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Make Employers Fight Over You

Alexandra Levit’s careers column last week in the Wall Street Journal tells about a 26 year-old job hunter in the commercial real estate field — hardly a growth industry these days — who got multiple job offers from employer prospects. This job seeker did nothing magical; he applied some of the lessons spelled out by Dave Jensen in his 20 February 2009 Tooling Up column, “The Cold, Hard Truth About Finding a Job in 2009”. But he took these techniques one step further and made himself look indispensable to the employers.

Making companies fight over job-hunters seems far-fetched these days. While some signs point to an upturn in the overall economy, the job market remains weak. Companies are retrenching — Doing More With Less as Jim Austin pointed out on this blog last week. As Levit notes and Jensen said earlier this year, some companies are hiring. But, as Jensen advised, job hunters need to expend a great deal more time and effort than in the past to find a job and use all of the job-hunting tools at their disposal.

Levit’s column last week suggests that these extra efforts to connect with potential employers do not go unnoticed by hiring managers, and can make job-hunters seem much more valuable. She encourages job-seekers to research prospective employers, using the Web and their own networks, to learn as much as possible about their history, corporate culture, financial performance, and recent developments related to the company.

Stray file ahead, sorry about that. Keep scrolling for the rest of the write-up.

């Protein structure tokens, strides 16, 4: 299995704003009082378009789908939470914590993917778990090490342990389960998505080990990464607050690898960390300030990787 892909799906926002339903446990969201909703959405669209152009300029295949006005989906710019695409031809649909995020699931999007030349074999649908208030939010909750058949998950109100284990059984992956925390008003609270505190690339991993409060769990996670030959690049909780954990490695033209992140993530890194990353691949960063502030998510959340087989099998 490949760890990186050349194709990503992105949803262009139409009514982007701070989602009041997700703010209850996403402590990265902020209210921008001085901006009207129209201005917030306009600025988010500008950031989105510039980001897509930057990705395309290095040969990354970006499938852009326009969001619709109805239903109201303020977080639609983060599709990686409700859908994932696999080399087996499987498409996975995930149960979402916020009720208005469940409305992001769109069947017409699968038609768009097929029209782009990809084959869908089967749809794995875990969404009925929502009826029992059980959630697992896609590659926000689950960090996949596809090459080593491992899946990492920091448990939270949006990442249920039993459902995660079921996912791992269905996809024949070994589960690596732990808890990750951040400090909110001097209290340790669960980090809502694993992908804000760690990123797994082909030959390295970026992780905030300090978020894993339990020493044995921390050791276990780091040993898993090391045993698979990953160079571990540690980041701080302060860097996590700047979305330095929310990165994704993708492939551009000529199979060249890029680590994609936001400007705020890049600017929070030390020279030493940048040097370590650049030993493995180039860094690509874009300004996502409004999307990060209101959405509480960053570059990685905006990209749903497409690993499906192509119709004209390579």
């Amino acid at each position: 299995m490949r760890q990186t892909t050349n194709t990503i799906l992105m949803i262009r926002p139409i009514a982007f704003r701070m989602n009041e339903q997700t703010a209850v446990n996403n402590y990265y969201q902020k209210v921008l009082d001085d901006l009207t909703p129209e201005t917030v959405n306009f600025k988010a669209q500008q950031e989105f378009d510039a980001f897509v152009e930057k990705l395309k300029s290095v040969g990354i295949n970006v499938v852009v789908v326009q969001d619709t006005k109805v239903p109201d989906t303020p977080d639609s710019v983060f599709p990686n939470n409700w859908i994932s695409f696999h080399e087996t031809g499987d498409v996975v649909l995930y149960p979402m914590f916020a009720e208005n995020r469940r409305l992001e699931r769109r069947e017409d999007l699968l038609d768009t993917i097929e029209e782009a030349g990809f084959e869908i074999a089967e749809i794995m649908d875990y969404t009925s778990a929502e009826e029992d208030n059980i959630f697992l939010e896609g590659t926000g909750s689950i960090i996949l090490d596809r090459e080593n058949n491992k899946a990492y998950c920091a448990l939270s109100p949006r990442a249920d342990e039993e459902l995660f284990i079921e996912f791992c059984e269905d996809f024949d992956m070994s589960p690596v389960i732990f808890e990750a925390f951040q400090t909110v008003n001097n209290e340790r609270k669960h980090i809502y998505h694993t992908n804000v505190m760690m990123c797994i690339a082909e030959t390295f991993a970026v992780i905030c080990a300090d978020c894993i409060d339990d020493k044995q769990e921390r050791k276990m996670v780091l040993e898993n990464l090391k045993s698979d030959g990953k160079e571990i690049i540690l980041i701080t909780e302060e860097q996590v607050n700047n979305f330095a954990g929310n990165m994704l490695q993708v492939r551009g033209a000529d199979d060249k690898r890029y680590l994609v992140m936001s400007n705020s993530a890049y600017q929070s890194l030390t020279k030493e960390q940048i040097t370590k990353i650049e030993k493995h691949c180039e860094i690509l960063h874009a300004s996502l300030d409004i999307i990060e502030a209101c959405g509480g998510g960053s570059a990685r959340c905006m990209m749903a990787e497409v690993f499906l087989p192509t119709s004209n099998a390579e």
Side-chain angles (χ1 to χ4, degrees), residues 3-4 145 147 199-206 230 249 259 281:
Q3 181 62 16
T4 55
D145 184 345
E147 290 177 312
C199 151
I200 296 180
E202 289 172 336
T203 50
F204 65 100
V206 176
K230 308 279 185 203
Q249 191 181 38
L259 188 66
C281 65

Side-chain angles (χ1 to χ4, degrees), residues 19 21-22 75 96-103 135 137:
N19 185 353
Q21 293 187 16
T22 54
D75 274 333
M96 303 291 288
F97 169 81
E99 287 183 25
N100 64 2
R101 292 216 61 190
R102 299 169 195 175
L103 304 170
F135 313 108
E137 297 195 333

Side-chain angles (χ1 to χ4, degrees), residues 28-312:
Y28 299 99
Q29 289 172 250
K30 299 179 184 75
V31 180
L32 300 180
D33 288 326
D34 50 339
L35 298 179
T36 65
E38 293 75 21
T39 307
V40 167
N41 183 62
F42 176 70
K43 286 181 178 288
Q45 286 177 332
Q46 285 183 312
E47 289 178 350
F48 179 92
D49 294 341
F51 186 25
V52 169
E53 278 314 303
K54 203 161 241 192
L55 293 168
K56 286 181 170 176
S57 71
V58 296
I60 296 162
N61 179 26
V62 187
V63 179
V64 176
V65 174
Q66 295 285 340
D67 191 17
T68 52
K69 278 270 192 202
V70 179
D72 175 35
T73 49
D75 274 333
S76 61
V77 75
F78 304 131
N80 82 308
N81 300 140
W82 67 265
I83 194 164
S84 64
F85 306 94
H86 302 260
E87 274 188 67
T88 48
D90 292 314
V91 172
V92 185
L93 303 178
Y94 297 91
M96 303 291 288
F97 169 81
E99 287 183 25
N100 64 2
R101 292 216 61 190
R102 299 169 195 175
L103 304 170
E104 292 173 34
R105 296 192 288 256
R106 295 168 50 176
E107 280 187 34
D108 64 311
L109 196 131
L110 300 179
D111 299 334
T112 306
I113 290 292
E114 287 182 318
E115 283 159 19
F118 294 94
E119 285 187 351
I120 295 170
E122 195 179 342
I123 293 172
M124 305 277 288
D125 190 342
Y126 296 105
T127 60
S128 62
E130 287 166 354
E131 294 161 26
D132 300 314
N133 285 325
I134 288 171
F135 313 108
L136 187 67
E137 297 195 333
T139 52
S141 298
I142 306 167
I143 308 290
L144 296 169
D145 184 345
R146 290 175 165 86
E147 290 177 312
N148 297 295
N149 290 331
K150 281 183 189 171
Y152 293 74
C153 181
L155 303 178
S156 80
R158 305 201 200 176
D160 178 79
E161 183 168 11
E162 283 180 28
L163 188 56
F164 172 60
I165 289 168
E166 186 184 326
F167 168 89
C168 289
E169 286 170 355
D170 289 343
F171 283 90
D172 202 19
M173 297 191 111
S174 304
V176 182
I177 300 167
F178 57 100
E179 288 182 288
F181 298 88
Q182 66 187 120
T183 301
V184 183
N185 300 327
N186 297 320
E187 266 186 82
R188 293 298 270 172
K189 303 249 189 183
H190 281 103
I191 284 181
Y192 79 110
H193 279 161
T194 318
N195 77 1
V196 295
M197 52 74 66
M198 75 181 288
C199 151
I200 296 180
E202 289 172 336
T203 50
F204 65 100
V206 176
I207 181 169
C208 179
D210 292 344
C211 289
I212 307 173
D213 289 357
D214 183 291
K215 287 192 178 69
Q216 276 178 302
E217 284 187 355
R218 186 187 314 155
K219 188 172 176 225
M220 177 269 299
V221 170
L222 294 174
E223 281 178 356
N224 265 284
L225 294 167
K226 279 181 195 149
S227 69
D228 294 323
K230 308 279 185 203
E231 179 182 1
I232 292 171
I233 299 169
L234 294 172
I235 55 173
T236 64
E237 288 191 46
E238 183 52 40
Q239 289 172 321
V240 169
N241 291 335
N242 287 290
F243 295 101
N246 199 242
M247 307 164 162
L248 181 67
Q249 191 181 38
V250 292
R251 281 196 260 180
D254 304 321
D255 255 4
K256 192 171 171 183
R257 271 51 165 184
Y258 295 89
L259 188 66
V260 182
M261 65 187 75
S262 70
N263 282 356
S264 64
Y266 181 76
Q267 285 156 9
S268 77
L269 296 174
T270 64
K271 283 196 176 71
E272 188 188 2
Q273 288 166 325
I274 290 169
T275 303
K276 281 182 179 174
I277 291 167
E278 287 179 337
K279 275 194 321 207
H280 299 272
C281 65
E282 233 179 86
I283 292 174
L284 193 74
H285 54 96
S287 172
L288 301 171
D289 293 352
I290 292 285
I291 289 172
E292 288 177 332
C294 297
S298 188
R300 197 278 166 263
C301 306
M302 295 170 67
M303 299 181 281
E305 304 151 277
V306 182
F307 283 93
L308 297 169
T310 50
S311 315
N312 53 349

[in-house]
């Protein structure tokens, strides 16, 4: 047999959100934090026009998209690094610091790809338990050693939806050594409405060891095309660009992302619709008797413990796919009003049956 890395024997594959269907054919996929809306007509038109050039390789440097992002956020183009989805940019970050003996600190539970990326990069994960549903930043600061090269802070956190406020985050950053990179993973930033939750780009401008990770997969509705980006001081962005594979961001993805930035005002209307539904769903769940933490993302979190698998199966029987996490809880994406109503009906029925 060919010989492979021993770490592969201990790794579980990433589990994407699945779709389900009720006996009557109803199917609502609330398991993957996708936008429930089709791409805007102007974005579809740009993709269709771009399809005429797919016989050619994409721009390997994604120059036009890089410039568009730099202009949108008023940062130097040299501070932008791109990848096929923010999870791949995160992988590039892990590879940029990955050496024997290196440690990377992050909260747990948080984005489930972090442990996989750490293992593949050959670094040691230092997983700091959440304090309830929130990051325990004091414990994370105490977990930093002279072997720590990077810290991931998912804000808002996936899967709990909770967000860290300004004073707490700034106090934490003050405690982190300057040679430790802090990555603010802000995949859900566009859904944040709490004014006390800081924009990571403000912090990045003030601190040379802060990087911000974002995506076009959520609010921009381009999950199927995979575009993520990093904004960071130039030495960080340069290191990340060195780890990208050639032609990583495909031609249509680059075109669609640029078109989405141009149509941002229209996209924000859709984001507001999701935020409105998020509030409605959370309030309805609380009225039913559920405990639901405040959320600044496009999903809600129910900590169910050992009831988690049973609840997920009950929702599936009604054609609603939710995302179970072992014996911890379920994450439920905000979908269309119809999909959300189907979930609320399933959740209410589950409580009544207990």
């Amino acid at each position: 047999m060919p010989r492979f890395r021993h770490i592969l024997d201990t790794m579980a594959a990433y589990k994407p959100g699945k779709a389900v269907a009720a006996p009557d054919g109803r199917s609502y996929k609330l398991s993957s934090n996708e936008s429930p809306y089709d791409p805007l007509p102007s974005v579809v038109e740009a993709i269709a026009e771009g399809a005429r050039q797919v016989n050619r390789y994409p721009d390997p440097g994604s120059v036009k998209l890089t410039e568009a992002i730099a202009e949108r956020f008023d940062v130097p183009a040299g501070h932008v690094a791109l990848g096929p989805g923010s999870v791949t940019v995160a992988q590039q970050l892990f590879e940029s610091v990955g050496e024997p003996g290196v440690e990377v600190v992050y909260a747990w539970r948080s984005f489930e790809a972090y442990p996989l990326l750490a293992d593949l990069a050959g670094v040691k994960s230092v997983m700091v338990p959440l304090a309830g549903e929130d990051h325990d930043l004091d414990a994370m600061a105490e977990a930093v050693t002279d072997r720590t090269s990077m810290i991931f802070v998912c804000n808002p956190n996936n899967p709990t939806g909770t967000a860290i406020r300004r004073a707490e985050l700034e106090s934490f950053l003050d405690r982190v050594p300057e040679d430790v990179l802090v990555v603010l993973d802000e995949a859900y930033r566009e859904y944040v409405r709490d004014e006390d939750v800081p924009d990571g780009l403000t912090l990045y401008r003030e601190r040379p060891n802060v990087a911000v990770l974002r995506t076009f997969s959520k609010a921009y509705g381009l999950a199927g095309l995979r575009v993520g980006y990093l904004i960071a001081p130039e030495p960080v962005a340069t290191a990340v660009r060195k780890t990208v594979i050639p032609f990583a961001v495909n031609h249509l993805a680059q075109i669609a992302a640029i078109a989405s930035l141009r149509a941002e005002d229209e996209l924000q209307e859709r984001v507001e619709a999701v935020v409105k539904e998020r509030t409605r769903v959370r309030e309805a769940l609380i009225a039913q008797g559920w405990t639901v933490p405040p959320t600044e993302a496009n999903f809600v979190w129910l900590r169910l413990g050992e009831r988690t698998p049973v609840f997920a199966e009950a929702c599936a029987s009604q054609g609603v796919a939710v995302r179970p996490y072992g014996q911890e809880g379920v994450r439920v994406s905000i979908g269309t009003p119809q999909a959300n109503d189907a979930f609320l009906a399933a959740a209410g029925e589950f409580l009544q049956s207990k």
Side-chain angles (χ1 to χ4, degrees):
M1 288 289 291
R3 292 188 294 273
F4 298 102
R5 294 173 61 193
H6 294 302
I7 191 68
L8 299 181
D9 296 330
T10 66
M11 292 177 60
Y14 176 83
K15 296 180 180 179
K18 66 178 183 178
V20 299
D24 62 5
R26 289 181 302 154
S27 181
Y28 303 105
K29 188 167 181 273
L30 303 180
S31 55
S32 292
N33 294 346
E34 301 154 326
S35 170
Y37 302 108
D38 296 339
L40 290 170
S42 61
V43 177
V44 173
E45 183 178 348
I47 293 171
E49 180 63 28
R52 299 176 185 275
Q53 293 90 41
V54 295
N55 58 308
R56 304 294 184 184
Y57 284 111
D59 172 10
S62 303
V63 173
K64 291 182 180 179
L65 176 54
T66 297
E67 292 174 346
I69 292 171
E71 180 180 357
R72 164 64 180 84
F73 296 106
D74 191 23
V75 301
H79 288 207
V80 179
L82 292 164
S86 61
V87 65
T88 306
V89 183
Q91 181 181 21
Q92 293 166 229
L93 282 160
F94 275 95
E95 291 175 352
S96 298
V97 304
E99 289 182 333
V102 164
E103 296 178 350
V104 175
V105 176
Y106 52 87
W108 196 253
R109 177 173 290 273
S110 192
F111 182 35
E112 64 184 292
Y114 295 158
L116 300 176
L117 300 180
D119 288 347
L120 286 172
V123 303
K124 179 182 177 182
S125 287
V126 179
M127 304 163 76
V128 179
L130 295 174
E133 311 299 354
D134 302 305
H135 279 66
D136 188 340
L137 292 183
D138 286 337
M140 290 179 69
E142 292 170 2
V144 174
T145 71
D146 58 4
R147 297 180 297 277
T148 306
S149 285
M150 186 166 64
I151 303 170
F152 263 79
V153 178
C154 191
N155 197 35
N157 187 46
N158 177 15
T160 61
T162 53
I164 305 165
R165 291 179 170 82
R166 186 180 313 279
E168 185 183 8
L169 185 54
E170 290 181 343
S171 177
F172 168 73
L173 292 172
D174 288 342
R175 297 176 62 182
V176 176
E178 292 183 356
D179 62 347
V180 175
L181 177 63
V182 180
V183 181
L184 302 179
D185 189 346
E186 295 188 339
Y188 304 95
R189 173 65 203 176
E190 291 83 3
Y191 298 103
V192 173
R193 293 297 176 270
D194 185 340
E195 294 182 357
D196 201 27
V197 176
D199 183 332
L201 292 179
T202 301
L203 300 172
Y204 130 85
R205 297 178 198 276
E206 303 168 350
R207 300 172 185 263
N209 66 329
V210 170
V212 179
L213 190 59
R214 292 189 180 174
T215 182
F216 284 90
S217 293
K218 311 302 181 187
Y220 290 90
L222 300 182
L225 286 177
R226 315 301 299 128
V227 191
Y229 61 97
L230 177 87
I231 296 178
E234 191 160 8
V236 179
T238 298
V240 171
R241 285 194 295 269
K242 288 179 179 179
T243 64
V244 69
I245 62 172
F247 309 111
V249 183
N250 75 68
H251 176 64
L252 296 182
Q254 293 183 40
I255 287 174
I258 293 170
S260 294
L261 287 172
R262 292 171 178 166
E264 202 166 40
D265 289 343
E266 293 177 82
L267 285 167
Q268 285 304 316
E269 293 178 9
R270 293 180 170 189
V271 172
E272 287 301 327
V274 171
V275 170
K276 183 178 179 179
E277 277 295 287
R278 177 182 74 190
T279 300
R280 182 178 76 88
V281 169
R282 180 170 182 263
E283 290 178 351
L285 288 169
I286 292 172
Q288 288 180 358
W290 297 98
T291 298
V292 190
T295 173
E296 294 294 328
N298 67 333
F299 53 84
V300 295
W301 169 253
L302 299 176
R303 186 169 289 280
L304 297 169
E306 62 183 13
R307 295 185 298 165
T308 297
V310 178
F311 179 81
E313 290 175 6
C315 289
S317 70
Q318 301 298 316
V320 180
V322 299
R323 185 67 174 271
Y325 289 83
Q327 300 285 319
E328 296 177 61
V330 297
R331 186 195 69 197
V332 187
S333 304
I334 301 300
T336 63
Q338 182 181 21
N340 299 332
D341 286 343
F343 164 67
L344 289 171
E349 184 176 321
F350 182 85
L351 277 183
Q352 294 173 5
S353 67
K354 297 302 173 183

Job-seekers should then use that intelligence in cover letters and resumes to show how well they would fit in with the organization’s plans and the value they would bring. “By the time the interview takes place,” Levit says, “they are able to have an intelligent discussion about the value they bring to the position, and the employer can easily envision them starting tomorrow.”

Another tip from Levit: You can create a “buzz” about your potential to the company. She recommends making multiple contacts in a company — such as the HR department, personal acquaintances, and the hiring manager — and letting these contacts know about the others in the organization with whom you’ve been speaking. In other words, get them talking about you, but don’t assume they would do it on their own.

In this tough job market, you must work both harder and smarter. But contrast these practices with extreme job-hunting and so-called bold tactics discussed in other WSJ stories, which aim to grab the attention of hiring managers. Now put yourself in the heads of executives hiring for responsible jobs that pay a decent salary and require the the trust and confidence of colleagues. Which strategy do you think will more likely get you an interview or a job?